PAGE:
The other thing that I just found odd was how words like “dear” and “mother” and “father” were often left in Norwegian, while everything else was in English – both in letters and in dialogue. Now, I realise if I’m reading something starring a French person and they say “cherie” instead of “darling” or “dear”, that doesn’t bother me at all, but that’s because in my head they’re only saying the word “cherie” in French and everything else in English. Of course I realise now that that’s probably not the case / the writer’s intention in those other books either, they’re just doing the same thing that Lucinda Riley is doing here. It’s just now it’s weird because it’s my mother tongue. And it causes me to wonder what makes writers do this. It’s quite common practice. Like for instance when I read The Lost Time Accidents, it was habitually strewn with German words like “Schätzchen“. Is the writer trying to hammer us over the head with which country their story is set in? While it doesn’t actively bother me when it’s not my mother tongue, I also feel like it doesn’t add anything of literary or plot value.
Aaaand we’re back in.
I think I had a preference for the past story in this book, it just drew me in more. Though there’s plenty of drama in the first part of the Ally narrative, I guess I generally feel like there’s more going on in the past story. It revolves around the premiere of Henrik Ibsen’s play Peer Gynt, set to a musical score by Edvard Grieg. We follow two of the players in this performance as their lives intersect and a budding romance (with complications, naturally) begins.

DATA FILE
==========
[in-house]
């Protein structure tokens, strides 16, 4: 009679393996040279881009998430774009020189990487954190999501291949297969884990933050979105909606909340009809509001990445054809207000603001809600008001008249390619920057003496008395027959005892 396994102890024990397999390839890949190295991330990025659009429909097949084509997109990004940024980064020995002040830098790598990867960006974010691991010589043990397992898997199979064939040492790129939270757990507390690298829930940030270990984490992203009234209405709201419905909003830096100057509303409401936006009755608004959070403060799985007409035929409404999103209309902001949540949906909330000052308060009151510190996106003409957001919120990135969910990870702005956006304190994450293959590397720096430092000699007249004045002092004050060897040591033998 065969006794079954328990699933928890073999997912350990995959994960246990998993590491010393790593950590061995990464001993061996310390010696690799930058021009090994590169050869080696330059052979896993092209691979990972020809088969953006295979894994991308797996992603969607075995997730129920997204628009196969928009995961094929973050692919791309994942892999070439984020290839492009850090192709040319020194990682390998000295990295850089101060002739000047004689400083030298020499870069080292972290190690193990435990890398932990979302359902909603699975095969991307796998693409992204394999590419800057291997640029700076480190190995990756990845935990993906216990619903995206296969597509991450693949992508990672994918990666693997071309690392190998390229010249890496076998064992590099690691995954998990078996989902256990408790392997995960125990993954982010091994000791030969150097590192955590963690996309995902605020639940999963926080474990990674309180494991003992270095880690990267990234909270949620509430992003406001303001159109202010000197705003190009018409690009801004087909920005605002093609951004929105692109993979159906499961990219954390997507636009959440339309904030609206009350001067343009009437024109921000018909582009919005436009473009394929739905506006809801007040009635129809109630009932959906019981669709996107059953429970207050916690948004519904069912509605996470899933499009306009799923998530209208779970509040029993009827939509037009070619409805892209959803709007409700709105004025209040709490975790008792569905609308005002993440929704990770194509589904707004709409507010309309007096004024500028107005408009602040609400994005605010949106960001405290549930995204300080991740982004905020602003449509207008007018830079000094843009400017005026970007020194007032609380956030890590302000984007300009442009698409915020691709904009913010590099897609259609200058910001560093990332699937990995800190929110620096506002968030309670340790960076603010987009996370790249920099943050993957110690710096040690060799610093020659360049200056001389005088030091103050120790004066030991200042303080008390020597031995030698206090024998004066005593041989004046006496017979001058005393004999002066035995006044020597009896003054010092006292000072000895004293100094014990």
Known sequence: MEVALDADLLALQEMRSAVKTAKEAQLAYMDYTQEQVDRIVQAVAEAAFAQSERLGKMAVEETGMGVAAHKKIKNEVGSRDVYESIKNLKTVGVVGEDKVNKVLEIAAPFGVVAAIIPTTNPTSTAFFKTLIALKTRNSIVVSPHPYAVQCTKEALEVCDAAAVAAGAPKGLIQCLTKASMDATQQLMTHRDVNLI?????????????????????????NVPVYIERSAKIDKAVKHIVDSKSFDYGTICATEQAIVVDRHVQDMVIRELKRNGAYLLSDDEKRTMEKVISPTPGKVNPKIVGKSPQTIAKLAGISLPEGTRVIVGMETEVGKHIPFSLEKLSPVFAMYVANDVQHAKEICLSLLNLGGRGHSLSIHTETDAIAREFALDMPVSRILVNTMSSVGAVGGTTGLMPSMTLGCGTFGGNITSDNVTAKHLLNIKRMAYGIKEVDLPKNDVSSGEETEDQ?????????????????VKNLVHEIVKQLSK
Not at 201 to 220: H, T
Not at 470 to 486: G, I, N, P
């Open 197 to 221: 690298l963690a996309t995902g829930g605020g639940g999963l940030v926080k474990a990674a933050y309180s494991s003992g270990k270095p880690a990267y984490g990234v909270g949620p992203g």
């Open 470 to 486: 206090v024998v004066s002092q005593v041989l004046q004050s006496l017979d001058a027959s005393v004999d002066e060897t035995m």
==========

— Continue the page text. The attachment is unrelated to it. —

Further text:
There’s a lot of loss and misery in both the past and present threads. In general there seems to be a theme of death and complicated (often tragic) love stories running through this series. That shouldn’t be a deterrent though, as there’s also plenty of love, warmth and good stuff.
Another series theme is strong female characters. In the tales from the past they’re often struggling with what society or their parents want/expect from them versus following their own feelings or passions. At first I thought this was headed in the same direction as the past story from the first book; woman gives in to the wishes of her parents instead of following her own dreams, but was pleasantly surprised when it didn’t. I totally understand that in previous centuries there was – also in Europe – a stronger sense of filial duty, and I admire the sacrifices some of these women make because of this loyalty, respect, and ultimately love for their parents. But at the same time as I admire it, it also really bothers me. That being said, while our past story heroine Anna Landvik ultimately decides to follow her heart, her path is by no means easy.
Overall this was a very engaging read, with two great narratives – though as mentioned perhaps the past story was a little stronger. And again the amount of research that has gone into it is astounding (apart from the redhead thing ;-), and it shows.
Definitely a worthy follow-up, also giving us more insight into the D’Apliese family. And there’s another supposed Pa Salt sighting – is he really dead? I guess we’ll have to read on to find out what lies at the centre of this tangled web and who the mysterious Pa Salt really is.